Last December, MODERN HEALTHCARE described the gloomy disposition of hospital employees as documented in a survey by Deloitte & Touche (Dec. 11, 1995, p. 52).
Recognizing that, some hospital executives may decide to take steps to boost the mood of their forlorn staffs. At least that's the case at Medical City Dallas Hospital, which last month pulled the plug on what was causing the most angst: patient-care redesign.
In a letter to employees obtained by MODERN HEALTHCARE, the hospital's president and chief executive officer, Michael Pugh, said he was dropping the "Care Redesign" project because "we need to decrease fear and improve employee morale."
In an interview last week, Pugh said the care redesign effort had good intentions, but that difficulties came in how it was handled.
Pugh came on board as CEO last July. He said the redesign effort was started about 18 months ago but was put on hold through the summer so the hospital could prepare for its survey in September by the Joint Commission on Accreditation of Healthcare Organizations.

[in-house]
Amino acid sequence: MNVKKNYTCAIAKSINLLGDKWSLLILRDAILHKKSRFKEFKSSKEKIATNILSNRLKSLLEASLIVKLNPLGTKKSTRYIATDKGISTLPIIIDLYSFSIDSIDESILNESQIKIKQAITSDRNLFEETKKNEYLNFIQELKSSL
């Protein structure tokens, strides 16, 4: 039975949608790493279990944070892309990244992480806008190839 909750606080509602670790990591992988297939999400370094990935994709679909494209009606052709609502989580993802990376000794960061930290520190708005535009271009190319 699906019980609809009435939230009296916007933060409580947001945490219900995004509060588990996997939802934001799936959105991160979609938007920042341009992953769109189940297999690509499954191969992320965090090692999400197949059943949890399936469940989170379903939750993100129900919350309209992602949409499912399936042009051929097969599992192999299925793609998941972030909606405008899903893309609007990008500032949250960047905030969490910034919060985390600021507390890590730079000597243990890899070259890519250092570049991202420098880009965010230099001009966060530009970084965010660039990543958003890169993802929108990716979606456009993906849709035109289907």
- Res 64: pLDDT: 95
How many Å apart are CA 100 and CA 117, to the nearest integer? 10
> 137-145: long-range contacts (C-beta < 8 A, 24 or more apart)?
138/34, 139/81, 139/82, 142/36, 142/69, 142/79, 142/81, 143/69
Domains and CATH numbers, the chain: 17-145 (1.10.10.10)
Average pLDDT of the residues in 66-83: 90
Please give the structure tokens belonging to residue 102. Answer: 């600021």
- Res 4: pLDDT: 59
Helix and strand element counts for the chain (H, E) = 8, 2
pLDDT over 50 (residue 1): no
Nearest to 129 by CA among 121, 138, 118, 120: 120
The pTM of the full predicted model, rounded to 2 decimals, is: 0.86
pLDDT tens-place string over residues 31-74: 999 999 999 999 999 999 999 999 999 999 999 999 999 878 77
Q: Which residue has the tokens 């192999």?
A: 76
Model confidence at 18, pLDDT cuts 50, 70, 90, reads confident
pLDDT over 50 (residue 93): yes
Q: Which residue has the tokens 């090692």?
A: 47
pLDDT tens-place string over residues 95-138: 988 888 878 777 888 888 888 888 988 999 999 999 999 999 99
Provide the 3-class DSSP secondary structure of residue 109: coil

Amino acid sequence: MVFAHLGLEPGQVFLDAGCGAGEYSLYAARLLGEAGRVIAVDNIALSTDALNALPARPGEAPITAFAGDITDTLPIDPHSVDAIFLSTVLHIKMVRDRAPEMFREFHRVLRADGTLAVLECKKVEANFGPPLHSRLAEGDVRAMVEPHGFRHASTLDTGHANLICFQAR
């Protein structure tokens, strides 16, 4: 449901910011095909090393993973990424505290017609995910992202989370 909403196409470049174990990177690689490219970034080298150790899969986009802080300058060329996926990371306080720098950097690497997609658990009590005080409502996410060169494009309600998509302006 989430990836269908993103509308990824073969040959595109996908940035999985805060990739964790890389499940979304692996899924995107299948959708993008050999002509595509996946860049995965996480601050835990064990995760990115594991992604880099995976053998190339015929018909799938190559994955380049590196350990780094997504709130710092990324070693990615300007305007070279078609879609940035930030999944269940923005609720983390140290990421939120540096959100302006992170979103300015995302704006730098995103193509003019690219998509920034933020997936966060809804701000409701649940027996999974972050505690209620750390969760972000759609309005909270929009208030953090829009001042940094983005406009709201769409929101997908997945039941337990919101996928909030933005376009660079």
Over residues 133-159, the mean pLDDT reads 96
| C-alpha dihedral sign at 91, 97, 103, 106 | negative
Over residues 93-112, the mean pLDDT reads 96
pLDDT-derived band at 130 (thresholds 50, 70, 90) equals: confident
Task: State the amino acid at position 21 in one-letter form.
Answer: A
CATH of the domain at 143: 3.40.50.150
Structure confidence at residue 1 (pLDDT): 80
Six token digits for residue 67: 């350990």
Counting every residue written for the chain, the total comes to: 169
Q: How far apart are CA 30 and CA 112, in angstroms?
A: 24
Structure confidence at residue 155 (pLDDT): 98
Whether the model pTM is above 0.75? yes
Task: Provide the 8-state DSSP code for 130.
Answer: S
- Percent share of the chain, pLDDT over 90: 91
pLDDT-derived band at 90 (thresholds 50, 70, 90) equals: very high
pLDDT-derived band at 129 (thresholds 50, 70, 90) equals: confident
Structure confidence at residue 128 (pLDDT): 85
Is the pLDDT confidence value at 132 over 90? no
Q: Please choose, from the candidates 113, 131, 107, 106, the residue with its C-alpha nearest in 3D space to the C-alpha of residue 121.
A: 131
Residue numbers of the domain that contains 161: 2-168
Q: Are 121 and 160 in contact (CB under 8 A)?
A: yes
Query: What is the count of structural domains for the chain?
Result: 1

Employees at the 491-bed hospital, one of Dallas' biggest, already were nervous about the redesign, but the real shake-up came when the Joint Commission survey was completed. That's when the Care Redesign project went back into action, and employees were sent memos asking about work preferences. "Employees read that as they needed to reapply for their jobs," Pugh said.
He said hospital managers had hoped the process would reduce the number of job descriptions from 260 to a "dozen or so."
Now, that effort is on hold, although "redesigning patient care" will continue. Instead of a wholesale approach to redesign, hospital managers will work on clinical pathways for specific treatments or diseases. In addition, the process will be more physician-driven, he said.
"We'll continue to reduce costs," Pugh pledged.
However, when asked about the cost of the defunct redesign effort, Pugh said he didn't know the answer to that question. "It's not one I want to go research," he added.